1. This is not an under-the-radar sting operation, albeit more competent and more shady than Toby Young's hapless efforts to sign Tories up to support Jeremy Corbyn's leadership bid. They genuinely do believe, unlike me, that Liz is Labour's route to success. She's the nearest of the contenders to the Blair formula of tacking right, saying the "unsayable", and piling up the votes. They share the tedious, and almost wholly wrong view that Labour was too left to win the election - and conveniently ignore the evidence that the Tories didn't win it from the centre either. So there is a meeting of minds, an acknowledgement of something of a kindred spirit.
2. The right like to see themselves as gatekeepers. If someone is to be elevated to high office, it can only be done with their permission. As "leaders" they have to look as though they're ahead of events, even if this is not the case. In 1997 and 2010, The Sun in particular endorsed Blair and Dave respectively because, they thought, they had to be seen to back a winner. Similar calculations came into play when the Scottish edition of the paper plumped for the SNP, even while in the rest-of-the-UK Nicola Sturgeon and Alex Salmond were denounced as Caledonian commies. Whatever you think of Liz, she has an analysis of what went wrong, has already set out what she would do as leader, and has that element of freshness about her that people can project their hopes and desires onto. She looks every inch the break with the dread Miliband, and as her star rises who wouldn't want to be associated with that?
3. The Tories are more than capable of winning the next general election. Forget the coming gerrymander, though that is important, the government's policies are going to create ever great social anxiety and precarity that, ultimately, helped them with the majority this time round. Who's to say that can't happen again? However, there will come a time when the Tories are dumped out of power and Labour forms the government again. What would the Tories and their helpers in the press like that new Labour government to look like? Would they, like the 13 years of Blair and Brown, have a government that changes some things but leaves the fundamentals of the political economy from which they benefit fundamentally intact, or take a chance on someone whose Labourism involves some challenges to the powers that be, as Ed Miliband's politics certainly did. Better to have the Tories replaced by someone they can do business with than otherwise.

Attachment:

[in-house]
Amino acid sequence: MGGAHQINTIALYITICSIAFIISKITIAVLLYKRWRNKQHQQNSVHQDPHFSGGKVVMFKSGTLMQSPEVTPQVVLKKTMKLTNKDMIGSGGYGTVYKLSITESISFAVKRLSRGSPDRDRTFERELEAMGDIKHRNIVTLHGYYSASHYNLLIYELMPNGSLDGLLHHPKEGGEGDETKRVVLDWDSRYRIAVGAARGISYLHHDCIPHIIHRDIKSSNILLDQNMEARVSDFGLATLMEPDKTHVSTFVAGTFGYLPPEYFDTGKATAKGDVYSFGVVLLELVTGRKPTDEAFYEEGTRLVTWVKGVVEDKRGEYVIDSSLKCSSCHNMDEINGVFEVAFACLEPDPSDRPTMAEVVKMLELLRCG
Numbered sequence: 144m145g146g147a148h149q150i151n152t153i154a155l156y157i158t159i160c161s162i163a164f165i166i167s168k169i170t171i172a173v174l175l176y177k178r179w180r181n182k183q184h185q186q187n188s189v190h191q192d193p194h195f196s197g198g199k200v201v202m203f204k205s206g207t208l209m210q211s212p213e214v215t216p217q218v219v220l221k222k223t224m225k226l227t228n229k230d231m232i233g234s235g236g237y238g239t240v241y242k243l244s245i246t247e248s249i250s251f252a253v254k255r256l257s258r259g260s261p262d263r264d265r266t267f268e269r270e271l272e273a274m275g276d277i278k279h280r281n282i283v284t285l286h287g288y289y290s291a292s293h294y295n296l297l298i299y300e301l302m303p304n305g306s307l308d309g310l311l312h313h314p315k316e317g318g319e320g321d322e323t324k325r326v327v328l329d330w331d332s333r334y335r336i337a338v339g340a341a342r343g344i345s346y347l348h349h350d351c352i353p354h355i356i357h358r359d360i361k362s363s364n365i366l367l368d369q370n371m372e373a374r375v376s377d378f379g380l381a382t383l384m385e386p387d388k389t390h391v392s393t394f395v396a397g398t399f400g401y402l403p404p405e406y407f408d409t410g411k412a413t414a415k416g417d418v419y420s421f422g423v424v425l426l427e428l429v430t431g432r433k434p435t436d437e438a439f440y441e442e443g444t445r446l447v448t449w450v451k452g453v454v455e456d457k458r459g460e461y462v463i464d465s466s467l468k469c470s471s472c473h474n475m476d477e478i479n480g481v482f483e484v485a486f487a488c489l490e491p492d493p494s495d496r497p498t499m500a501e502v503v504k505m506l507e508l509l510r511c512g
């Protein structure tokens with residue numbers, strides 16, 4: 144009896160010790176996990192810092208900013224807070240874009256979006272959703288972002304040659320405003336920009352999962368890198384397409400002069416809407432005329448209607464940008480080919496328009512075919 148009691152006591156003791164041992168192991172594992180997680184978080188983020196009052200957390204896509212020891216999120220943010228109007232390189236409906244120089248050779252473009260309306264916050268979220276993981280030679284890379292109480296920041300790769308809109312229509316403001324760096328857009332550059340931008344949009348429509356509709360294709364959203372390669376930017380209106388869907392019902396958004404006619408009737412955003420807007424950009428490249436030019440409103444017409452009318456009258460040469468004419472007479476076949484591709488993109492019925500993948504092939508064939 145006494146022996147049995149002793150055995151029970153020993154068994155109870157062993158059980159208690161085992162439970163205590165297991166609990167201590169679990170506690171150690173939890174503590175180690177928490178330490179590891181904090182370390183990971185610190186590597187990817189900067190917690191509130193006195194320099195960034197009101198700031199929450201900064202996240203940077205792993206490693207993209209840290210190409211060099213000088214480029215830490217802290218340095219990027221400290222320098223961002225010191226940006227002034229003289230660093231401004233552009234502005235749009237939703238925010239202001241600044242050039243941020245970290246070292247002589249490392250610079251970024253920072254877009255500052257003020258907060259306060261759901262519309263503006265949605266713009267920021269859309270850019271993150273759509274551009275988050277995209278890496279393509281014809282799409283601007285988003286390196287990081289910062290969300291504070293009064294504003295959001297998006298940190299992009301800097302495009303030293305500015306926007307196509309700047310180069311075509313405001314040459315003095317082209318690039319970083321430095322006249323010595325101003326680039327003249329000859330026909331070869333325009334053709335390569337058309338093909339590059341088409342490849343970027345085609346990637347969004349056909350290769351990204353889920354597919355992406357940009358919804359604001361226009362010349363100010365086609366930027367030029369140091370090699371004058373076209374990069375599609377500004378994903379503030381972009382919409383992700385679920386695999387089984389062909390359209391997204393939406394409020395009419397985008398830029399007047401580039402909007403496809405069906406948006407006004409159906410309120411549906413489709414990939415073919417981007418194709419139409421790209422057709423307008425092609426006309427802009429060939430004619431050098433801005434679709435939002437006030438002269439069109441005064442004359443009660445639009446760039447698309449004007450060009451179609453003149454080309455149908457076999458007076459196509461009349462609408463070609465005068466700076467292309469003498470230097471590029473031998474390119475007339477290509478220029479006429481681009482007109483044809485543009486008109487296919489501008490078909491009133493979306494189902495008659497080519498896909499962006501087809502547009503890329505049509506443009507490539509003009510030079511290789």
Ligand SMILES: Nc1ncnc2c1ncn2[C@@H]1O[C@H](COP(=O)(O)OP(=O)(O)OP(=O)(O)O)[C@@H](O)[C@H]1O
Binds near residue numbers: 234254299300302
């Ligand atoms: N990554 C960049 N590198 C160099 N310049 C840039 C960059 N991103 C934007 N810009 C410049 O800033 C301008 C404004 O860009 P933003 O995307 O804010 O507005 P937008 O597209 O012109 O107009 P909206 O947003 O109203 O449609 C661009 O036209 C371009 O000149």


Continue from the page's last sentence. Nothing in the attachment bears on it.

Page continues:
4. A Liz Kendall leadership also offers the best chance for a more disciplined Labour party, disciplined that is in ways congenial to the right. We know what the party is like. Most activists and Labour-loyal commentators very much pull their punches and generally abstain from scathing internal polemic when a leader is in position. The last thing the right want is Labour to challenge some of their austerity agenda. That adds legitimacy to the kinds of politics promulgated by the trade unions who, at least as far as our opponents are concerned, are utterly beyond the pale (knighthoods or no). They're banking on the loyalism of lesser-evilism kicking in, and the party - as well as the wider movement - getting behind a programme that does not challenge the settlement the Tories are trying to impose. It's a long range strategy of containment.